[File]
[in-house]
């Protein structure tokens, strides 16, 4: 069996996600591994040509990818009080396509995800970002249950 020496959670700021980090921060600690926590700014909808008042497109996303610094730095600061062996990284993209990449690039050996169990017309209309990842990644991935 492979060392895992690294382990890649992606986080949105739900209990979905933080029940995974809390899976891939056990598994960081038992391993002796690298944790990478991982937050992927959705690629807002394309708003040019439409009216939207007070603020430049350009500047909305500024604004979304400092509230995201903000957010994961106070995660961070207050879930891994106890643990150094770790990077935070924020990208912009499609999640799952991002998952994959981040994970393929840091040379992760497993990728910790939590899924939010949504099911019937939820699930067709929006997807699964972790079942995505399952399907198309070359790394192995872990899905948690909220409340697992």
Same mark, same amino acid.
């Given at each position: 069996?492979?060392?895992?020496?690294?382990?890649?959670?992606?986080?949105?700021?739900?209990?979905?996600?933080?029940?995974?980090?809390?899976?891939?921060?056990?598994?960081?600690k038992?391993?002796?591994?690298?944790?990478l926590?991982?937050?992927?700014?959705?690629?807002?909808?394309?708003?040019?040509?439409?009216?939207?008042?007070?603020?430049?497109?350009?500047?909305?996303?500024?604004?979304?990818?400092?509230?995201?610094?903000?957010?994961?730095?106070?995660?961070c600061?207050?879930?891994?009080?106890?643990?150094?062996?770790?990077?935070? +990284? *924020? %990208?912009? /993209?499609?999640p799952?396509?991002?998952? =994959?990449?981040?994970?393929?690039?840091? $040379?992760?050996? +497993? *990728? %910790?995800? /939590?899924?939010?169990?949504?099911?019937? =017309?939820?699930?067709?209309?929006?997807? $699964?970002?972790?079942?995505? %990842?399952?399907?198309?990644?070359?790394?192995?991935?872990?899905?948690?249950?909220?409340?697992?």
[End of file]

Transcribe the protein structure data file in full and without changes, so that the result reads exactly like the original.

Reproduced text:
[in-house]
């Protein structure tokens, strides 16, 4: 069996996600591994040509990818009080396509995800970002249950 020496959670700021980090921060600690926590700014909808008042497109996303610094730095600061062996990284993209990449690039050996169990017309209309990842990644991935 492979060392895992690294382990890649992606986080949105739900209990979905933080029940995974809390899976891939056990598994960081038992391993002796690298944790990478991982937050992927959705690629807002394309708003040019439409009216939207007070603020430049350009500047909305500024604004979304400092509230995201903000957010994961106070995660961070207050879930891994106890643990150094770790990077935070924020990208912009499609999640799952991002998952994959981040994970393929840091040379992760497993990728910790939590899924939010949504099911019937939820699930067709929006997807699964972790079942995505399952399907198309070359790394192995872990899905948690909220409340697992």
Same mark, same amino acid.
């Given at each position: 069996?492979?060392?895992?020496?690294?382990?890649?959670?992606?986080?949105?700021?739900?209990?979905?996600?933080?029940?995974?980090?809390?899976?891939?921060?056990?598994?960081?600690k038992?391993?002796?591994?690298?944790?990478l926590?991982?937050?992927?700014?959705?690629?807002?909808?394309?708003?040019?040509?439409?009216?939207?008042?007070?603020?430049?497109?350009?500047?909305?996303?500024?604004?979304?990818?400092?509230?995201?610094?903000?957010?994961?730095?106070?995660?961070c600061?207050?879930?891994?009080?106890?643990?150094?062996?770790?990077?935070? +990284? *924020? %990208?912009? /993209?499609?999640p799952?396509?991002?998952? =994959?990449?981040?994970?393929?690039?840091? $040379?992760?050996? +497993? *990728? %910790?995800? /939590?899924?939010?169990?949504?099911?019937? =017309?939820?699930?067709?209309?929006?997807? $699964?970002?972790?079942?995505? %990842?399952?399907?198309?990644?070359?790394?192995?991935?872990?899905?948690?249950?909220?409340?697992?």